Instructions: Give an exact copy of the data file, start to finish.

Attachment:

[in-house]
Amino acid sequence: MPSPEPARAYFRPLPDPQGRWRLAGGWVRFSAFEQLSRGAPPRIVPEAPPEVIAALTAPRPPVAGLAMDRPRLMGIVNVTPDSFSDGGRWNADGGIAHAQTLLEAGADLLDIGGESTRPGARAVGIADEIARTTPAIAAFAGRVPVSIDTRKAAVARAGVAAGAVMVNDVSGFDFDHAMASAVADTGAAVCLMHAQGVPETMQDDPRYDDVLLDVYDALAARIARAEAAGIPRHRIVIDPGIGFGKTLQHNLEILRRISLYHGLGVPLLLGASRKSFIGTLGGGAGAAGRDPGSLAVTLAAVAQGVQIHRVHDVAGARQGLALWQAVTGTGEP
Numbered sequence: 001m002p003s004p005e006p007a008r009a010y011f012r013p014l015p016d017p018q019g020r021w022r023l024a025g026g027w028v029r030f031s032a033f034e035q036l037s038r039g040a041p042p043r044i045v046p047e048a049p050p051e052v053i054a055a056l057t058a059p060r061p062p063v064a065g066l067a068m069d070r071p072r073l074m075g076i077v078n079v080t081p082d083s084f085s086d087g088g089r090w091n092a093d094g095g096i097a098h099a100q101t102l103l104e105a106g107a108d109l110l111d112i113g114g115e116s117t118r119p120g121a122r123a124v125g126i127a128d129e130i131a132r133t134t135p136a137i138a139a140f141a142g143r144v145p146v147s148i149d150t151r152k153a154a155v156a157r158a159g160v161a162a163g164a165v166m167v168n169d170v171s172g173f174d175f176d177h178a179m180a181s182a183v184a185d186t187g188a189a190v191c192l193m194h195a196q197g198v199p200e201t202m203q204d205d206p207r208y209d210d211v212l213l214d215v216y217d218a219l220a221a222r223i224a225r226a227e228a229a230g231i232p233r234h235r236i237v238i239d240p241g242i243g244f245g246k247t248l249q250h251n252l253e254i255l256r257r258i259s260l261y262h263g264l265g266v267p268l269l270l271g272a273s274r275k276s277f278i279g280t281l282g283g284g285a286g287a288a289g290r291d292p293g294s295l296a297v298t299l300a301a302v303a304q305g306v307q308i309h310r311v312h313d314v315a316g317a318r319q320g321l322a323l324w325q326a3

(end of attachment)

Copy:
[in-house]
Amino acid sequence: MPSPEPARAYFRPLPDPQGRWRLAGGWVRFSAFEQLSRGAPPRIVPEAPPEVIAALTAPRPPVAGLAMDRPRLMGIVNVTPDSFSDGGRWNADGGIAHAQTLLEAGADLLDIGGESTRPGARAVGIADEIARTTPAIAAFAGRVPVSIDTRKAAVARAGVAAGAVMVNDVSGFDFDHAMASAVADTGAAVCLMHAQGVPETMQDDPRYDDVLLDVYDALAARIARAEAAGIPRHRIVIDPGIGFGKTLQHNLEILRRISLYHGLGVPLLLGASRKSFIGTLGGGAGAAGRDPGSLAVTLAAVAQGVQIHRVHDVAGARQGLALWQAVTGTGEP
Numbered sequence: 001m002p003s004p005e006p007a008r009a010y011f012r013p014l015p016d017p018q019g020r021w022r023l024a025g026g027w028v029r030f031s032a033f034e035q036l037s038r039g040a041p042p043r044i045v046p047e048a049p050p051e052v053i054a055a056l057t058a059p060r061p062p063v064a065g066l067a068m069d070r071p072r073l074m075g076i077v078n079v080t081p082d083s084f085s086d087g088g089r090w091n092a093d094g095g096i097a098h099a100q101t102l103l104e105a106g107a108d109l110l111d112i113g114g115e116s117t118r119p120g121a122r123a124v125g126i127a128d129e130i131a132r133t134t135p136a137i138a139a140f141a142g143r144v145p146v147s148i149d150t151r152k153a154a155v156a157r158a159g160v161a162a163g164a165v166m167v168n169d170v171s172g173f174d175f176d177h178a179m180a181s182a183v184a185d186t187g188a189a190v191c192l193m194h195a196q197g198v199p200e201t202m203q204d205d206p207r208y209d210d211v212l213l214d215v216y217d218a219l220a221a222r223i224a225r226a227e228a229a230g231i232p233r234h235r236i237v238i239d240p241g242i243g244f245g246k247t248l249q250h251n252l253e254i255l256r257r258i259s260l261y262h263g264l265g266v267p268l269l270l271g272a273s274r275k276s277f278i279g280t281l282g283g284g285a286g287a288a289g290r291d292p293g294s295l296a297v298t299l300a301a302v303a304q305g306v307q308i309h310r311v312h313d314v315a316g317a318r319q320g321l322a323l324w325q326a3